This is what templatisation means to us and it gives us the confidence to expandswiftly across several adjacent sectors. This success is also a manifestation of the coreof our three organisational values - Courage Trust and Commitment
- that fundamentally define our Group.
Adani Foundation: Growth with Goodness
As a Group with businesses in locations where some of the poorest segments of ourpopulation reside we are deeply conscious of our responsibility to help marginalised andunderprivileged communities
- over and above just creating jobs. Through a wide variety of initiatives led by theAdani Foundation we have touched millions of lives across thousands of villages drivingbeneficial change in education health infrastructure development and sustainablelivelihood development. We expect to amplify our work and double these numbers over thenext five years.
However in line with the rest of the world the Adani Foundation's primary focus overthe past year was guided by the battle against COVID-19. One of the issues the cascadingnature of this pandemic thrust into the national spotlight was the grave inequality acrossour scattered communes in access to relief and care. As soon as the virus took hold wemapped out the urgencies of the moment and studied how best we could mitigate distressacross India. We quickly realised that the battle needed more than the standard assortmentof medical items like protective gear and diagnostic kits. The most pressing need was foradditional means to quickly deliver medical oxygen across the land.
The solution was tied to several items that were in short supply locally. We neededmore cryogenic tanks capable of transporting oxygen in supercooled liquid form moremedical oxygen cylinders for hospitalised patients more oxygen generator plants forhealthcare facilities unable to rely on transported supplies and more oxygen concentratorsfor people managing their infection by themselves.
It was a formidable challenge but one that we rose to quickly and efficiently. Workingwith our business partners and Indian missions across the world we managed to secure amassive life-saving inventory of these critical items the biggest of which we brought inwith the help of the Indian Air Force. Back home our indefatigable logistics teamsensured that the oxygen tanks and cylinders were repeatedly refilled and despatched to allcorners of the country.
I am also proud that the Foundation went well beyond procuring essential supplies. Injust days our engineering and medical teams expertly converted our Adani Vidya Mandirschool in Ahmedabad and the Noida Indoor Stadium into emergency COVID-19 Care Facilitieswith hundreds of beds oxygen support and catered food. In Bhuj and Mundra our hospitalsthat serve as a general medical oasis for the neighbouring districts were swiftly turnedinto 100% COVID-19 care hospitals.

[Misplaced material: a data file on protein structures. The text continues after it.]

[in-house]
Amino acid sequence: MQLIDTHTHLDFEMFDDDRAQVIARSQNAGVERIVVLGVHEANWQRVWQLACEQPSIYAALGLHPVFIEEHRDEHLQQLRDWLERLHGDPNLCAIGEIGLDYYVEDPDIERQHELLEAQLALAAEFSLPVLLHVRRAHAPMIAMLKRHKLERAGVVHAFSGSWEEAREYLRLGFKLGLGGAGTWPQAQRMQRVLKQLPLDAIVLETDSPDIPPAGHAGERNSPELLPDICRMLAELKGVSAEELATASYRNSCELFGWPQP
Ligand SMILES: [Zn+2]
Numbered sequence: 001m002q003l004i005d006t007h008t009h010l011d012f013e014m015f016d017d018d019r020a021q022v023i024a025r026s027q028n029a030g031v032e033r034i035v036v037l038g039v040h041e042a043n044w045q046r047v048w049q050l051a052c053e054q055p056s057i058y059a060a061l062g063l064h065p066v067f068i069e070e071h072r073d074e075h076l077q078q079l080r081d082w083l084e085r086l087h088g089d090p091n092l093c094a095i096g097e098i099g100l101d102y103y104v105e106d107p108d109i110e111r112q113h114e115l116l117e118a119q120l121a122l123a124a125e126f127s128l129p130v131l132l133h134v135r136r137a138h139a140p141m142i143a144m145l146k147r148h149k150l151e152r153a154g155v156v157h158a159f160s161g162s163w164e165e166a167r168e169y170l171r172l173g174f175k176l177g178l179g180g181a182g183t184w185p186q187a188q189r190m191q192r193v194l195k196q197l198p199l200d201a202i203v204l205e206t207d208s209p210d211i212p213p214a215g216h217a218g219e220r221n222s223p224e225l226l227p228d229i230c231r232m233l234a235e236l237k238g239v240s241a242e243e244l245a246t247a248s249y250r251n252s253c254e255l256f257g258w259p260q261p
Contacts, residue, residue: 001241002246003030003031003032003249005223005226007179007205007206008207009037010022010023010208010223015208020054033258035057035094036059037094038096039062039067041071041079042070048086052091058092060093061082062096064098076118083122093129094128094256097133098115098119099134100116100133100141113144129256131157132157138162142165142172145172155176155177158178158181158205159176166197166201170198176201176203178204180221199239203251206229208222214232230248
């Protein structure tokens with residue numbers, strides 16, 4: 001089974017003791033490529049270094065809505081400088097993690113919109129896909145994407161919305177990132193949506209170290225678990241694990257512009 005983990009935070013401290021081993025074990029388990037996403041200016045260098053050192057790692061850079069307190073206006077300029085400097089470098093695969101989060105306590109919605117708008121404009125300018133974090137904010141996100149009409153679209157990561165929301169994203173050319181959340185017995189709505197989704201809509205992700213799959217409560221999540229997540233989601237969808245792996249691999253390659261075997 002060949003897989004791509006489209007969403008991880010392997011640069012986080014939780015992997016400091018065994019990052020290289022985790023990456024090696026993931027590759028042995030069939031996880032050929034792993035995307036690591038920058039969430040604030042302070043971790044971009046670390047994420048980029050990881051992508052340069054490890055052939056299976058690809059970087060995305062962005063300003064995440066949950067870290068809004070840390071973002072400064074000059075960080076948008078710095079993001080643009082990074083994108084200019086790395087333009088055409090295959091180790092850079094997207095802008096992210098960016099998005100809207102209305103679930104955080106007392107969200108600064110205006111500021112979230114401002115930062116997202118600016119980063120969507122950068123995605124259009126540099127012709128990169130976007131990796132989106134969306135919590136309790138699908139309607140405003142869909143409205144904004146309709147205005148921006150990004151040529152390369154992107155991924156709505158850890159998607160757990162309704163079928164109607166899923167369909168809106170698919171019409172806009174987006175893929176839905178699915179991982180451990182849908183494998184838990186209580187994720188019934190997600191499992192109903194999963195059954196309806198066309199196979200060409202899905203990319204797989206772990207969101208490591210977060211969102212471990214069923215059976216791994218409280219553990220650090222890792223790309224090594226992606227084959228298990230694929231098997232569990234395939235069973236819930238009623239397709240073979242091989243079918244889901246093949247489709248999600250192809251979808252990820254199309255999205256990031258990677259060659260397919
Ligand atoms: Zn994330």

At no time in the past was the work of the Adani Foundation more necessary and relevantthan it is now. I am deeply moved by the extent of the effort our Foundation's teammembers have put in often choosing to ignore the risk to their own health.
The Belief in the Long Term
Over the past few months there have been several voices that wonder if India's targetto be a five-trillion-dollar economy over the next four years is achievable. I personallysee it as an inconsequential question. History has amply demonstrated that out of everypandemic crisis emerge several learnings and I believe that India and the world becomewiser as we go through this pandemic. India will be a five-trillion-dollar economy andwill then go on to be a 15-trillion-dollar-plus economy over the next two decadesemerging as one of the largest global markets in terms of consumption size and marketcapitalisation. There will be bumps along the road as has been the case in the past andis expected to be the case in the future. However there cannot be any doubt that thelargest middle-class that will ever exist augmented by an increase in the working age andconsuming population share will have a positive impact on India's growth rates very muchin line with the demographic dividend India enjoys. The most essential factor requiredwill be a better trained workforce and I have no reason to believe that over the next twodecades we will not have been able to suitably address this challenge. It is a virtuouscycle that is driven by the growth in the middle-class population and India today has alonger runway than any other nation in the world.
Gautam S Adani